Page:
World Safety and Health at Work Day 2023:

What has Health and Safety Culture done for you?

  • UK Deaths reduced by 81% since 1974.
  • UK Non fatal injuries reduced by 84% since 1974.

The International Labour Organization’s ‘World Safety and Health at Work Day’ day should resonate with not only the Health and Safety department of every business, but with each and every worker at every place of employment in the land. It is an opportunity to pledge to continue improving workplace safety, as well as to look back and see the crystal-clear value of the legislation it supports.

In the UK Health & Safety Executive (HSE) came into being as a direct result of the revolutionary Health and Safety at Work Act, 1974. This was the first piece of legislation to encompass all industries and workers, placing responsibility on the employer and employees to ensure health, safety and wellbeing across all workplaces. Since this act became law, improvements in safety standards have seen an incredible 81% reduction in the number of workplace fatalities between 1974 and 2022. Non-fatal injuries also fell by 84%.

It’s not all good news though: an unconscionable number of injuries, work related illnesses and fatalities still occur every year. HSE publish the key statistics for the UK 2021/22:

Key statistics

Working people suffering from a work-related illness 1.8 million
Including:
  • 914,000 workers suffering work-related stress, depression or anxiety
  • 477,000 workers suffering from a work-related musculoskeletal disorder
  • 123,000 workers suffering from COVID-19 which they believe may have been from exposure to coronavirus at work
Mesothelioma deaths due to past asbestos exposures 2,544
Workers killed in work-related accidents 123
Working people sustained an injury at work 565,000 *Labour Force survey
Injuries to employees reported under RIDDOR 61,713 *Labour Force survey

The Personal Cost

The social and psychological impact of a work-related death, injury or illness cannot and must not be underestimated. As well as the devastating impact on the personal situation and future of the victim, it is suggested by the National Accident survey that ramifications run far wider in the community around them, affecting family, friends, carers, work colleagues and customers, all of whom may struggle to make the necessary re-adjustments. Businesses have an ethical duty to do all they can to prevent harm.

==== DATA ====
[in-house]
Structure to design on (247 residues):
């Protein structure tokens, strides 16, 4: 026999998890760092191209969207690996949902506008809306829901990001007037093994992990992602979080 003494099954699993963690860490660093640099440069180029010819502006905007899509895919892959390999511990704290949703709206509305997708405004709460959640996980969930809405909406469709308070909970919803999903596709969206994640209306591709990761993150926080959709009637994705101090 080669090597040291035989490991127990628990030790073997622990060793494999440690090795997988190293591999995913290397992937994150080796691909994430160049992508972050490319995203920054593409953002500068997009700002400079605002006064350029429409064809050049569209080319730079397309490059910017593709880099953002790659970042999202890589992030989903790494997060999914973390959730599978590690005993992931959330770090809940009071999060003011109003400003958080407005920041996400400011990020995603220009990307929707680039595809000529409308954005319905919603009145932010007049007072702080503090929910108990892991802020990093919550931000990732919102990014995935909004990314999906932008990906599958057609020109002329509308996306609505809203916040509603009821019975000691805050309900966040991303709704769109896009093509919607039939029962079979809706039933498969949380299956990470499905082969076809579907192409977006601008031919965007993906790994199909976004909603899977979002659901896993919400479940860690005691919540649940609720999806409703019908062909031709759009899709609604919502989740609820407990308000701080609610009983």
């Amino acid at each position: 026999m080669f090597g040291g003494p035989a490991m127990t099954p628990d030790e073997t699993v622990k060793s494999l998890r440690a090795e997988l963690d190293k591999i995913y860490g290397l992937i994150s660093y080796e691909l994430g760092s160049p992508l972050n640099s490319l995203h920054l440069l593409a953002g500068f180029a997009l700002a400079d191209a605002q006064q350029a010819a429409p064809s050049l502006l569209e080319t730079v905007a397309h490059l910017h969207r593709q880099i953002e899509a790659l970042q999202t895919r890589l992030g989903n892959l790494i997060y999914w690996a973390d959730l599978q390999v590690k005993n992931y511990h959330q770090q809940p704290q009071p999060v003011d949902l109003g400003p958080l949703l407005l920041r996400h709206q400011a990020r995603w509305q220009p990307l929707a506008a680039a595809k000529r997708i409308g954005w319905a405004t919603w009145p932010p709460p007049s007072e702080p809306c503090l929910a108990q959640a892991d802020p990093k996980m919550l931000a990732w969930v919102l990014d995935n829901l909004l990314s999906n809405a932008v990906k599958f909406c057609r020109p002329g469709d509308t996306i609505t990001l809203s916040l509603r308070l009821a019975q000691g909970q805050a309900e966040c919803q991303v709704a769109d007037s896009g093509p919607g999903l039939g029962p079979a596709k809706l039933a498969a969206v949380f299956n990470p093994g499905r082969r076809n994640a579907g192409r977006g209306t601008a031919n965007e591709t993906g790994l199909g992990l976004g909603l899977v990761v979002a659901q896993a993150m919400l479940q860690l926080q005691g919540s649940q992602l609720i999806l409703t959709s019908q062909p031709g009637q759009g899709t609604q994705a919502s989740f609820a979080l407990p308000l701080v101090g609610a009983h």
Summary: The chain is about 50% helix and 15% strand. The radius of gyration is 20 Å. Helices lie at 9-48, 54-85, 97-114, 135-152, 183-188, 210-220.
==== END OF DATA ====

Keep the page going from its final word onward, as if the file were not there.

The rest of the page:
The Cost to Your Business

As well as the clear moral reasons to continue working to ensure all can go home safe and healthy at the end of a working day there is a strong business rationale for making every effort. 36.8 million working days are lost every year due to work related illness or injury. The combined financial and human cost of this is estimated to be a massive £18.8 million, including output, healthcare costs and other payments, including litigation. (HSE breakdown of analysis)

Not only is a business likely to have to pay significant amounts of money out for work related illness, injury or death, but the subsequent loss of productivity, reduction of sales, low staff morale, and loss of reputation can have a far more long-lasting impact. The commercial reasons to continually strengthen your H&S strategy are unmistakable.

The constituent costs of an example accident involving equipment damage and injury:

  • Injury and psychological trauma to the victim
  • Salary/compensation
  • Psychological fallout – family life, social isolation, economic problems
  • Trauma to witnesses
  • Equipment replacement/repair
  • Business downtime
  • Overtime/lost production/cancelled orders/reduced capacity and productivity
  • HSE checks and legal and administrative documentation
  • Insurance premium increases
  • PR fallout – reputation and credibility
  • New staff recruitment and training

The Importance of Behavioural Change and Thought Leadership

There are still many hardened H&S cynics out there who might feel that the health and safety culture has gone too far, removing personal responsibility and limiting innovation. They have probably never had an accident happen to them. Convincing those who are disdainful of the worth of H&S culture is a large part of the task remaining to further reduce injuries at work.

Psychologists suggest that approximately 80-95 percent of all workplace accidents are triggered by unsafe behaviours, interacting with minor issues in a workflow process or in the working environment. A combination of these creates a ‘perfect storm’ situation, suggesting that future reductions in accident rates might rely on not only having the right protective equipment but on the surrounding behaviour of those we are trying to protect. A strong and thoughtful health and safety strategy which starts from the top of the company and creates positivity around safe practices is an essential component in the battle to ensure that no harm comes to anybody who is doing their job.

Anchor Safety support ‘World Safety and Health at Work Day’ unequivocally. Anchor Safety can work with your company to not only supply high-quality, comfortable PPE that people actually want to wear but also to act as a trusted partner, supporting the creation of long-term, sustainable solutions - from finding and managing suitable PPE inventory to implementing behaviour-based safety initiatives.

Our aim - No Harm through Excellence in PPE.


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